1.1 From drop-towers to Oblivion - some applications of linear motion
We have all experienced that momentary feeling of lightness when an elevator begins its downward motion. It is almost as if our weight had suddenly been reduced or, conceivably, that the pull of the Earth's gravity had decreased for a moment. But imagine what it would be like if the lift cable had suddenly snapped and the lift, with you in it, had plummeted downward. Apart from stark terror, what else do you think you would experience during your fall? What would the physical experience of such a disaster be like?
Well, it would be just like jumping from a high tower. If your descent was unimpeded by the resistance of the air, almost all sense of weight would vanish while you were falling. You would feel weightless, just as though you were an astronaut in outer space.
Not surprisingly, scientists who want to know how equipment will behave under the conditions found in spacecraft are keen to simulate the same conditions here on Earth. One way in which they can do this is by dropping their equipment from the top of a tower, or down a vertical shaft. There are a number of research centres around the world where drop facilities of this kind are available. These are specialised facilities where steps are taken to avoid or overcome the effects of air resistance: simply dropping an object in the Earth's atmosphere is not a satisfactory way of simulating the environment of outer space.
Figure 2 shows the 140 m drop-tower in Bremen, Germany. The tower is airtight, so all the air can be pumped out. Equipment under test is placed inside a specially constructed drop-vehicle and monitored by closed-circuit TV as it falls from the top to the bottom of the tower. About five seconds of free fall can be achieved in this way. During those few seconds, within the falling drop-vehicle, the effects of gravity are reduced to a tiny fraction of their usual value, a condition known as 'microgravity'.
In the USA, at the Lewis Research Center in Ohio, NASA operates a 143 m drop-shaft, as part of its Zero Gravity Research Facility. Microgravity investigations conducted at the research facility have concerned the spread of fire, the flow of liquids, and the feasibility of space-based industrial processes that would be impossible under normal terrestrial conditions. Figure 3 shows the facility's bullet-shaped drop-vehicle being given a soft landing at the end of a drop, to avoid destroying the expensive equipment that it contains.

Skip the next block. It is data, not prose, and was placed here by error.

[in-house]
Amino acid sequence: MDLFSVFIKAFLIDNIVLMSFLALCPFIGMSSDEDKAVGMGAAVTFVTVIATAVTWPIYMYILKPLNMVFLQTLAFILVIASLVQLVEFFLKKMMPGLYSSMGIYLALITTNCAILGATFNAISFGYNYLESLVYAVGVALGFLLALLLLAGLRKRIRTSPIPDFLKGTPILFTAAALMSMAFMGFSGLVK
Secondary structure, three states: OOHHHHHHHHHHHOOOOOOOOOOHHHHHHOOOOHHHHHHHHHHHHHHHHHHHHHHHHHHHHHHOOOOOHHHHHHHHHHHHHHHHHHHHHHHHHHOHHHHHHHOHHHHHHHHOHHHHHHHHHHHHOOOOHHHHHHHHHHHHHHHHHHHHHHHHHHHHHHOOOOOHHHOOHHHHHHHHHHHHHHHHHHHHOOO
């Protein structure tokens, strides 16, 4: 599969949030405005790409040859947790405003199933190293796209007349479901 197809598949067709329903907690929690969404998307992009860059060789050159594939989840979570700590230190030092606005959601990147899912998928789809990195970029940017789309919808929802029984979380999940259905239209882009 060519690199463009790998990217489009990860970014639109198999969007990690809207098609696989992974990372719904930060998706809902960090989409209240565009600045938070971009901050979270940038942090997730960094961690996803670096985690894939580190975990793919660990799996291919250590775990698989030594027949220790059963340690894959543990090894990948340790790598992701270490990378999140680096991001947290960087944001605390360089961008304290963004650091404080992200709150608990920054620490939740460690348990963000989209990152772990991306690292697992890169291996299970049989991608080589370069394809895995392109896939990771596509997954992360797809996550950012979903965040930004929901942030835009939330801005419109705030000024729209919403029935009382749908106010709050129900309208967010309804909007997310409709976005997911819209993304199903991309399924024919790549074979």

At the time of writing, the world's longest drop-shaft is in Japan. The Japan Microgravity Center (JAMIC) has a 700 m drop housed in a disused mine shaft. It would be impossible to evacuate the air from such a big shaft, so in this case the rocket-shaped test capsule is propelled down the shaft by gas-jets with a thrust that is designed to compensate for air resistance. Inside this capsule, there is a second capsule and the space between the capsules is a vacuum. The experiments are carried out in the inner capsule which, to a very good approximation, is in free fall. The two capsules decelerate during the final 200 m of the fall.
By the time you finish this course you should be able to work out the duration of the fall in the JAMIC facility, and the highest speed attained by the capsule. You should also be able to work out the length of shaft that would be required to produce any given duration of microgravity.
If all this sounds a bit esoteric you might prefer to consider a different kind of drop-facility. Figure 4 shows Oblivion, a ride at the Alton Towers Adventure Park, UK. Oblivion is described as 'the world's first vertical-drop roller-coaster'. It will not simulate the space environment, but it will produce a few seconds of terror from a simple application of linear motion.